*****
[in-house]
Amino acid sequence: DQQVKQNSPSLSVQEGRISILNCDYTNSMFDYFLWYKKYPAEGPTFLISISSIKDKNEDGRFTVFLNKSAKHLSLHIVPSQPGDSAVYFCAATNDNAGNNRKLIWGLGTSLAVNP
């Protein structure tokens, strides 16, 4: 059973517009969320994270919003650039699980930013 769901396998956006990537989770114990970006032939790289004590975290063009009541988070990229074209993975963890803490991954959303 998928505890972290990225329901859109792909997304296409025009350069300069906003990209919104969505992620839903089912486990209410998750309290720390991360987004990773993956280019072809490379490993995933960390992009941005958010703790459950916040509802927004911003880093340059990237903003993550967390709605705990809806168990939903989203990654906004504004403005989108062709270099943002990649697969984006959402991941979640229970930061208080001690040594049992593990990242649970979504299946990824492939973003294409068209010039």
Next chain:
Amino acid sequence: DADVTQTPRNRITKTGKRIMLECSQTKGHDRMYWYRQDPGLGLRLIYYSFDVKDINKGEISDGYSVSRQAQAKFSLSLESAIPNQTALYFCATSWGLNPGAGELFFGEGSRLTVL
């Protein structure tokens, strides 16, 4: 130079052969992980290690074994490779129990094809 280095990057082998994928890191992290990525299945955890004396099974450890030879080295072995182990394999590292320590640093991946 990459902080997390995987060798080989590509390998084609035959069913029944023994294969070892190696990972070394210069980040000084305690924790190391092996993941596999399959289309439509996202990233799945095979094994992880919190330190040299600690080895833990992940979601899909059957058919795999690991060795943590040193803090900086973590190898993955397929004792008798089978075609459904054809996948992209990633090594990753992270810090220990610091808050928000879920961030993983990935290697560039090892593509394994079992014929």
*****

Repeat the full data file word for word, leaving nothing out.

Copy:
[in-house]
Amino acid sequence: DQQVKQNSPSLSVQEGRISILNCDYTNSMFDYFLWYKKYPAEGPTFLISISSIKDKNEDGRFTVFLNKSAKHLSLHIVPSQPGDSAVYFCAATNDNAGNNRKLIWGLGTSLAVNP
């Protein structure tokens, strides 16, 4: 059973517009969320994270919003650039699980930013 769901396998956006990537989770114990970006032939790289004590975290063009009541988070990229074209993975963890803490991954959303 998928505890972290990225329901859109792909997304296409025009350069300069906003990209919104969505992620839903089912486990209410998750309290720390991360987004990773993956280019072809490379490993995933960390992009941005958010703790459950916040509802927004911003880093340059990237903003993550967390709605705990809806168990939903989203990654906004504004403005989108062709270099943002990649697969984006959402991941979640229970930061208080001690040594049992593990990242649970979504299946990824492939973003294409068209010039």
Next chain:
Amino acid sequence: DADVTQTPRNRITKTGKRIMLECSQTKGHDRMYWYRQDPGLGLRLIYYSFDVKDINKGEISDGYSVSRQAQAKFSLSLESAIPNQTALYFCATSWGLNPGAGELFFGEGSRLTVL
């Protein structure tokens, strides 16, 4: 130079052969992980290690074994490779129990094809 280095990057082998994928890191992290990525299945955890004396099974450890030879080295072995182990394999590292320590640093991946 990459902080997390995987060798080989590509390998084609035959069913029944023994294969070892190696990972070394210069980040000084305690924790190391092996993941596999399959289309439509996202990233799945095979094994992880919190330190040299600690080895833990992940979601899909059957058919795999690991060795943590040193803090900086973590190898993955397929004792008798089978075609459904054809996948992209990633090594990753992270810090220990610091808050928000879920961030993983990935290697560039090892593509394994079992014929």